Make sure that your location or site is prepared to handle whatever increased traffic will result from a media hit.If you’re promoting a grand opening or event at a brick and mortar, be sure you’re staffed sufficiently. Driving traffic online? Make sure your site is working well, loading fast and that there aren’t any broken links or missing contact information. If you’re promoting a particular product, make sure you have the stock to meet increased demand. The amount of prep you’ll need to do depends on the size of the hit, but always be prepared.

Set up a way to capture prospects
If you’re driving people to your website, you’ll want to ensure there’s a way to capture their information if they don’t buy right away. A pop-up with a discount offer or incentive to join your mailing list is a great way to achieve this. If you’re bringing people in-store, you’ll still want to get them on your list so having an incentive for them to leave their information is a great idea.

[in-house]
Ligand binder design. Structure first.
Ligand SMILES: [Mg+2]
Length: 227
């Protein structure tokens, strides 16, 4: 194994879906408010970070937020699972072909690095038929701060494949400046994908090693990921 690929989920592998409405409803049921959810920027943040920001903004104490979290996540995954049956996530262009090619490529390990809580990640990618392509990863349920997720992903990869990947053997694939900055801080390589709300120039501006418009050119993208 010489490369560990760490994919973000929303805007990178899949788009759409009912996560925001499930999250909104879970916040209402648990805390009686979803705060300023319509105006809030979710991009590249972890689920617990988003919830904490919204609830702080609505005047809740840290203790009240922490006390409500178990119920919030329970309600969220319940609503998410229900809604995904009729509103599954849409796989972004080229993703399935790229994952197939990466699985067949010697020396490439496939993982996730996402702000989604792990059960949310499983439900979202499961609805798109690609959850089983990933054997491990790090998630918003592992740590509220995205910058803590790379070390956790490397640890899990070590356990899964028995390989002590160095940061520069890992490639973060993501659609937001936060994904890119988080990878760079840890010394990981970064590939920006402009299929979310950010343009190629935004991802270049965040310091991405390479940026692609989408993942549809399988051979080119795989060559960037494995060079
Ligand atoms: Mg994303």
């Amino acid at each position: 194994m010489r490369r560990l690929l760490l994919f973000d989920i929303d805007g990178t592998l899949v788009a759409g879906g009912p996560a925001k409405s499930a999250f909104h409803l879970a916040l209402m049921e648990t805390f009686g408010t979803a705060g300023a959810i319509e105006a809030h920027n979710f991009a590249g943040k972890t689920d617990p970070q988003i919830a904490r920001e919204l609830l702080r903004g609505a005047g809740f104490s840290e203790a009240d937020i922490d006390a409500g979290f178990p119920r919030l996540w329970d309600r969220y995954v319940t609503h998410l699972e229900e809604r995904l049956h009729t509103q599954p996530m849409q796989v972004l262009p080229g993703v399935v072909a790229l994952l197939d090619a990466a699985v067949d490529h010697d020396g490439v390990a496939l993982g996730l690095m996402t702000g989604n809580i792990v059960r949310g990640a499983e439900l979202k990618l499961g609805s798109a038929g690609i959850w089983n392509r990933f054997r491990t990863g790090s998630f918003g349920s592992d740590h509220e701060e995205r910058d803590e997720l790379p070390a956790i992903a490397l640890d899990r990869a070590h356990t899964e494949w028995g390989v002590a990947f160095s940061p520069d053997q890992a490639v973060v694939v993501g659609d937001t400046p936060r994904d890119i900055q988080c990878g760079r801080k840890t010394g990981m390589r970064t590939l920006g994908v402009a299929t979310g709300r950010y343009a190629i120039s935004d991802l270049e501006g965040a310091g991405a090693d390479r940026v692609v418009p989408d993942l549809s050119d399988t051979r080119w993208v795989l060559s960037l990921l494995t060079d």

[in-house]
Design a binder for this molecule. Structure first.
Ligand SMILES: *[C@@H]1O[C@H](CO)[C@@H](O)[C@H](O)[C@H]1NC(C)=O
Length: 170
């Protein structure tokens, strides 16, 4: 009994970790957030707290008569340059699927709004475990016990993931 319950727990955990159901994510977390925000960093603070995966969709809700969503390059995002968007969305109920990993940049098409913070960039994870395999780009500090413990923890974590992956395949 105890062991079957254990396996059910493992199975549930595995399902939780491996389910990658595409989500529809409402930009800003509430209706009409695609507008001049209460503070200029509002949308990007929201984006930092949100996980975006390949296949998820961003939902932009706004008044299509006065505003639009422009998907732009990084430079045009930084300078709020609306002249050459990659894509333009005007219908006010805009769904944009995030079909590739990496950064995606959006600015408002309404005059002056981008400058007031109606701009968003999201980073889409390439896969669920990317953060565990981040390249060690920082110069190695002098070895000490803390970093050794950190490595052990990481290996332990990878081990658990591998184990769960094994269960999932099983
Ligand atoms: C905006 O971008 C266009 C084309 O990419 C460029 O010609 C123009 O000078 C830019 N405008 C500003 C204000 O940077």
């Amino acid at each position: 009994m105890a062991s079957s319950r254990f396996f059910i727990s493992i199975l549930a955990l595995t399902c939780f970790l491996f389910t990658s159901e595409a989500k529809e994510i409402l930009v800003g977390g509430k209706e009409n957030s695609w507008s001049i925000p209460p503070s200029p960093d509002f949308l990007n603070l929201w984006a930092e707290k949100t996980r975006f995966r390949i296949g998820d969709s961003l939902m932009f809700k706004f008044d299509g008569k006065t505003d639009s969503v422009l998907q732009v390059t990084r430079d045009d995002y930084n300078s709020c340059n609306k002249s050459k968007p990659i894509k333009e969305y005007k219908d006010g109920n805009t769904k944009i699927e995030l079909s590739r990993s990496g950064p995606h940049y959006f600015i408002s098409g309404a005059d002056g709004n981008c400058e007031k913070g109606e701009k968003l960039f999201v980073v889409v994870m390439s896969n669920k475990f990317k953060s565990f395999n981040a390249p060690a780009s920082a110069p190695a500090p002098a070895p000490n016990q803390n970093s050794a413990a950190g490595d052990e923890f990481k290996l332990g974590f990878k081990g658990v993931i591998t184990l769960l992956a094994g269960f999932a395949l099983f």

Be ready to nurture prospects and new customers
If you’ve been considering an email nurturing campaign, now’s the time to implement it. The only thing worse with getting twice-daily spammy emails from a company is signing up for their list and never hearing from them again. Have a plan in place to nurture any new customers, clients or prospects that come your way, whether that’s with an informational email series, discount offer or other regular communications. This is a captive crowd and it’s a perfect opportunity to introduce them to your brand.

Plan additional media outreach or targeted advertising